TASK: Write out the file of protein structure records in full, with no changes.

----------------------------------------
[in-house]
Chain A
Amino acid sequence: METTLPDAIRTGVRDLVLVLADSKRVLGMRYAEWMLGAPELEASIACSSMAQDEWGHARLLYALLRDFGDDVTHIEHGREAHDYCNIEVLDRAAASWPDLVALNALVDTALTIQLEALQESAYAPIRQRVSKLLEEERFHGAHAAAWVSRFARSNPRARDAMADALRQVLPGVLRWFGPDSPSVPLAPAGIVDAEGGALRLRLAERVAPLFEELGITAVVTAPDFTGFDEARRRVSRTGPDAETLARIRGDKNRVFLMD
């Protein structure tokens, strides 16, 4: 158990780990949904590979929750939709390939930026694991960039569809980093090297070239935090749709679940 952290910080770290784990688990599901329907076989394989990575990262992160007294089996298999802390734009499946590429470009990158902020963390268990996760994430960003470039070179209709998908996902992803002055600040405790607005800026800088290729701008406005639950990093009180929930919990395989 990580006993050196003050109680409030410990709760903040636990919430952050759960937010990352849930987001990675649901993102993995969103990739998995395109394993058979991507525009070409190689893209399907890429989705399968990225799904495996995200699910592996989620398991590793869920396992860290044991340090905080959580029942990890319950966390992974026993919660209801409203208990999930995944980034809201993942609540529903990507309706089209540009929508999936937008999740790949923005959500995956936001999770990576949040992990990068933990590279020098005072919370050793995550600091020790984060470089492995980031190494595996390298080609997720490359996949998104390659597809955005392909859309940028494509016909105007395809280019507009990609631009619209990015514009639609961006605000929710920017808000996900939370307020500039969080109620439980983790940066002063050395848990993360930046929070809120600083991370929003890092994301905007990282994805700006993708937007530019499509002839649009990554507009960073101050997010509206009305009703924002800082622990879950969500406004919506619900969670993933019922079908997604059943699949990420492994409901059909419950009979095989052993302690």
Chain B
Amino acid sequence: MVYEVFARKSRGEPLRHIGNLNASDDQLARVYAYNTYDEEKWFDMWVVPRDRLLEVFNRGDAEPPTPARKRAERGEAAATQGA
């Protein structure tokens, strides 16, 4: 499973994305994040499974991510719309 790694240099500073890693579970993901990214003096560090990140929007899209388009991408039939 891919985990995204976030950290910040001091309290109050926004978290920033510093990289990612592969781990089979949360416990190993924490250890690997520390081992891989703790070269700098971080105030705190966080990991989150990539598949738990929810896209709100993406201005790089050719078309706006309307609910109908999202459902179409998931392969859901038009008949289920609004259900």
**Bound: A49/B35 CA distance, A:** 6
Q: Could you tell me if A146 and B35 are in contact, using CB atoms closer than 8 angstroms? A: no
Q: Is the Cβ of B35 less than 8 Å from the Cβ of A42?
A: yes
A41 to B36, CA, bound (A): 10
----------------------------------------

[in-house]
Chain A
Amino acid sequence: METTLPDAIRTGVRDLVLVLADSKRVLGMRYAEWMLGAPELEASIACSSMAQDEWGHARLLYALLRDFGDDVTHIEHGREAHDYCNIEVLDRAAASWPDLVALNALVDTALTIQLEALQESAYAPIRQRVSKLLEEERFHGAHAAAWVSRFARSNPRARDAMADALRQVLPGVLRWFGPDSPSVPLAPAGIVDAEGGALRLRLAERVAPLFEELGITAVVTAPDFTGFDEARRRVSRTGPDAETLARIRGDKNRVFLMD
């Protein structure tokens, strides 16, 4: 158990780990949904590979929750939709390939930026694991960039569809980093090297070239935090749709679940 952290910080770290784990688990599901329907076989394989990575990262992160007294089996298999802390734009499946590429470009990158902020963390268990996760994430960003470039070179209709998908996902992803002055600040405790607005800026800088290729701008406005639950990093009180929930919990395989 990580006993050196003050109680409030410990709760903040636990919430952050759960937010990352849930987001990675649901993102993995969103990739998995395109394993058979991507525009070409190689893209399907890429989705399968990225799904495996995200699910592996989620398991590793869920396992860290044991340090905080959580029942990890319950966390992974026993919660209801409203208990999930995944980034809201993942609540529903990507309706089209540009929508999936937008999740790949923005959500995956936001999770990576949040992990990068933990590279020098005072919370050793995550600091020790984060470089492995980031190494595996390298080609997720490359996949998104390659597809955005392909859309940028494509016909105007395809280019507009990609631009619209990015514009639609961006605000929710920017808000996900939370307020500039969080109620439980983790940066002063050395848990993360930046929070809120600083991370929003890092994301905007990282994805700006993708937007530019499509002839649009990554507009960073101050997010509206009305009703924002800082622990879950969500406004919506619900969670993933019922079908997604059943699949990420492994409901059909419950009979095989052993302690």
Chain B
Amino acid sequence: MVYEVFARKSRGEPLRHIGNLNASDDQLARVYAYNTYDEEKWFDMWVVPRDRLLEVFNRGDAEPPTPARKRAERGEAAATQGA
């Protein structure tokens, strides 16, 4: 499973994305994040499974991510719309 790694240099500073890693579970993901990214003096560090990140929007899209388009991408039939 891919985990995204976030950290910040001091309290109050926004978290920033510093990289990612592969781990089979949360416990190993924490250890690997520390081992891989703790070269700098971080105030705190966080990991989150990539598949738990929810896209709100993406201005790089050719078309706006309307609910109908999202459902179409998931392969859901038009008949289920609004259900």
**Bound: A49/B35 CA distance, A:** 6
Q: Could you tell me if A146 and B35 are in contact, using CB atoms closer than 8 angstroms? A: no
Q: Is the Cβ of B35 less than 8 Å from the Cβ of A42?
A: yes
A41 to B36, CA, bound (A): 10